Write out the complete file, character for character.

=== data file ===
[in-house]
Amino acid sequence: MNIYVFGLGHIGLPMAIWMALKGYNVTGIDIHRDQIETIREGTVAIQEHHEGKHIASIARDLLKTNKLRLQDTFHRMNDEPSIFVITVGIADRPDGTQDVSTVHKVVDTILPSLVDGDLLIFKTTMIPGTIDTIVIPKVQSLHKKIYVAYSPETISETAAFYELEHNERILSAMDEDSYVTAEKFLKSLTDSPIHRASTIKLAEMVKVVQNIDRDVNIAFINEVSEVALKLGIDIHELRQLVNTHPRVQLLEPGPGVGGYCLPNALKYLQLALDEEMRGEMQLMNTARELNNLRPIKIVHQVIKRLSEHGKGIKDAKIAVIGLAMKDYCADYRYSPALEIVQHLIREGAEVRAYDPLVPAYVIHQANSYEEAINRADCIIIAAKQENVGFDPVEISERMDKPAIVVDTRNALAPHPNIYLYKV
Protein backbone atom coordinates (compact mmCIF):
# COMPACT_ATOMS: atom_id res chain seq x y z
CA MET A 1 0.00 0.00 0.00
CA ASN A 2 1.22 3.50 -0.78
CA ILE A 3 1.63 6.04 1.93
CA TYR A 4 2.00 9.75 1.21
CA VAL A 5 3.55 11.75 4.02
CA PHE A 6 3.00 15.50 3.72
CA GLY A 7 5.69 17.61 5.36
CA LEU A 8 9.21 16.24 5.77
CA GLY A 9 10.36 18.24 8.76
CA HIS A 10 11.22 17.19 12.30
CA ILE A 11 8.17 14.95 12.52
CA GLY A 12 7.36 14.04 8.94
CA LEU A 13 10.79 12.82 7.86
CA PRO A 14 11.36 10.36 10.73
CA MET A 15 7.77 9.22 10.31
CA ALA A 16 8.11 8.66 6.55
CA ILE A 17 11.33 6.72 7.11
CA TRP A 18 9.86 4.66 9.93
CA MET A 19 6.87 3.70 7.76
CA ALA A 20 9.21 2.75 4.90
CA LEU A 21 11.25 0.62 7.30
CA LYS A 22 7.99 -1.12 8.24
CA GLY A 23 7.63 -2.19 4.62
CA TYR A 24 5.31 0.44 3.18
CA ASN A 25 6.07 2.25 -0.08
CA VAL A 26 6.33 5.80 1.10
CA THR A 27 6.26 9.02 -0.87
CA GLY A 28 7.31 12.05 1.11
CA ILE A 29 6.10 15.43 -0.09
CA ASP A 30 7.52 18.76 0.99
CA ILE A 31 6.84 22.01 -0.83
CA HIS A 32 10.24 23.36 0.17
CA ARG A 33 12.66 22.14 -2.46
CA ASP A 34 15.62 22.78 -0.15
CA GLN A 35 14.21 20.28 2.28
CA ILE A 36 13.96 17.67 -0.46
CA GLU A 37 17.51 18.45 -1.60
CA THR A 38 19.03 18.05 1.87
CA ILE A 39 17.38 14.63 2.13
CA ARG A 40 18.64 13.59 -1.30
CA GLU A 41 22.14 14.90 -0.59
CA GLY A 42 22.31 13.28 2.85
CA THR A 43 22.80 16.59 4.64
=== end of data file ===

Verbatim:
[in-house]
Amino acid sequence: MNIYVFGLGHIGLPMAIWMALKGYNVTGIDIHRDQIETIREGTVAIQEHHEGKHIASIARDLLKTNKLRLQDTFHRMNDEPSIFVITVGIADRPDGTQDVSTVHKVVDTILPSLVDGDLLIFKTTMIPGTIDTIVIPKVQSLHKKIYVAYSPETISETAAFYELEHNERILSAMDEDSYVTAEKFLKSLTDSPIHRASTIKLAEMVKVVQNIDRDVNIAFINEVSEVALKLGIDIHELRQLVNTHPRVQLLEPGPGVGGYCLPNALKYLQLALDEEMRGEMQLMNTARELNNLRPIKIVHQVIKRLSEHGKGIKDAKIAVIGLAMKDYCADYRYSPALEIVQHLIREGAEVRAYDPLVPAYVIHQANSYEEAINRADCIIIAAKQENVGFDPVEISERMDKPAIVVDTRNALAPHPNIYLYKV
Protein backbone atom coordinates (compact mmCIF):
# COMPACT_ATOMS: atom_id res chain seq x y z
CA MET A 1 0.00 0.00 0.00
CA ASN A 2 1.22 3.50 -0.78
CA ILE A 3 1.63 6.04 1.93
CA TYR A 4 2.00 9.75 1.21
CA VAL A 5 3.55 11.75 4.02
CA PHE A 6 3.00 15.50 3.72
CA GLY A 7 5.69 17.61 5.36
CA LEU A 8 9.21 16.24 5.77
CA GLY A 9 10.36 18.24 8.76
CA HIS A 10 11.22 17.19 12.30
CA ILE A 11 8.17 14.95 12.52
CA GLY A 12 7.36 14.04 8.94
CA LEU A 13 10.79 12.82 7.86
CA PRO A 14 11.36 10.36 10.73
CA MET A 15 7.77 9.22 10.31
CA ALA A 16 8.11 8.66 6.55
CA ILE A 17 11.33 6.72 7.11
CA TRP A 18 9.86 4.66 9.93
CA MET A 19 6.87 3.70 7.76
CA ALA A 20 9.21 2.75 4.90
CA LEU A 21 11.25 0.62 7.30
CA LYS A 22 7.99 -1.12 8.24
CA GLY A 23 7.63 -2.19 4.62
CA TYR A 24 5.31 0.44 3.18
CA ASN A 25 6.07 2.25 -0.08
CA VAL A 26 6.33 5.80 1.10
CA THR A 27 6.26 9.02 -0.87
CA GLY A 28 7.31 12.05 1.11
CA ILE A 29 6.10 15.43 -0.09
CA ASP A 30 7.52 18.76 0.99
CA ILE A 31 6.84 22.01 -0.83
CA HIS A 32 10.24 23.36 0.17
CA ARG A 33 12.66 22.14 -2.46
CA ASP A 34 15.62 22.78 -0.15
CA GLN A 35 14.21 20.28 2.28
CA ILE A 36 13.96 17.67 -0.46
CA GLU A 37 17.51 18.45 -1.60
CA THR A 38 19.03 18.05 1.87
CA ILE A 39 17.38 14.63 2.13
CA ARG A 40 18.64 13.59 -1.30
CA GLU A 41 22.14 14.90 -0.59
CA GLY A 42 22.31 13.28 2.85
CA THR A 43 22.80 16.59 4.64